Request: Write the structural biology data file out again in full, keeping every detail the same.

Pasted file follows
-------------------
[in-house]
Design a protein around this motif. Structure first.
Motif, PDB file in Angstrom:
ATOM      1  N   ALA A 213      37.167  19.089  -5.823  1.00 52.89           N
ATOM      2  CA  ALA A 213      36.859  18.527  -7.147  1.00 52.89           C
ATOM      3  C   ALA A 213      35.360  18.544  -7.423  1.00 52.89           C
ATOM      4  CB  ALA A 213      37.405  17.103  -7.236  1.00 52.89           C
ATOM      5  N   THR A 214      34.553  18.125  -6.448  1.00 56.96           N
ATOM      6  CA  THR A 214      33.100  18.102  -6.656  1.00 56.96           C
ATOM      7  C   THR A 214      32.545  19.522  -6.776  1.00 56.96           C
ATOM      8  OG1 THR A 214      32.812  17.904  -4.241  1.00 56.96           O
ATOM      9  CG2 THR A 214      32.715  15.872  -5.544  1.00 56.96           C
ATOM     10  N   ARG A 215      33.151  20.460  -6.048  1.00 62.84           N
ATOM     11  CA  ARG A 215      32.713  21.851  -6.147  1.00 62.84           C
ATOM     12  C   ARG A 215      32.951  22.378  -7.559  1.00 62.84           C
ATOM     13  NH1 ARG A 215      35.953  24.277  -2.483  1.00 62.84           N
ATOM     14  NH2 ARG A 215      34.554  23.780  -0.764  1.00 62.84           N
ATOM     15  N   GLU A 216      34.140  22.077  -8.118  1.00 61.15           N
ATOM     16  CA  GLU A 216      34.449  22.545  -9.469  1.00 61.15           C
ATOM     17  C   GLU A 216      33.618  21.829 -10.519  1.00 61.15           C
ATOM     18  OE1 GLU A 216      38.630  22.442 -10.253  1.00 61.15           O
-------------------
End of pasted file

[in-house]
Design a protein around this motif. Structure first.
Motif, PDB file in Angstrom:
ATOM      1  N   ALA A 213      37.167  19.089  -5.823  1.00 52.89           N
ATOM      2  CA  ALA A 213      36.859  18.527  -7.147  1.00 52.89           C
ATOM      3  C   ALA A 213      35.360  18.544  -7.423  1.00 52.89           C
ATOM      4  CB  ALA A 213      37.405  17.103  -7.236  1.00 52.89           C
ATOM      5  N   THR A 214      34.553  18.125  -6.448  1.00 56.96           N
ATOM      6  CA  THR A 214      33.100  18.102  -6.656  1.00 56.96           C
ATOM      7  C   THR A 214      32.545  19.522  -6.776  1.00 56.96           C
ATOM      8  OG1 THR A 214      32.812  17.904  -4.241  1.00 56.96           O
ATOM      9  CG2 THR A 214      32.715  15.872  -5.544  1.00 56.96           C
ATOM     10  N   ARG A 215      33.151  20.460  -6.048  1.00 62.84           N
ATOM     11  CA  ARG A 215      32.713  21.851  -6.147  1.00 62.84           C
ATOM     12  C   ARG A 215      32.951  22.378  -7.559  1.00 62.84           C
ATOM     13  NH1 ARG A 215      35.953  24.277  -2.483  1.00 62.84           N
ATOM     14  NH2 ARG A 215      34.554  23.780  -0.764  1.00 62.84           N
ATOM     15  N   GLU A 216      34.140  22.077  -8.118  1.00 61.15           N
ATOM     16  CA  GLU A 216      34.449  22.545  -9.469  1.00 61.15           C
ATOM     17  C   GLU A 216      33.618  21.829 -10.519  1.00 61.15           C
ATOM     18  OE1 GLU A 216      38.630  22.442 -10.253  1.00 61.15           O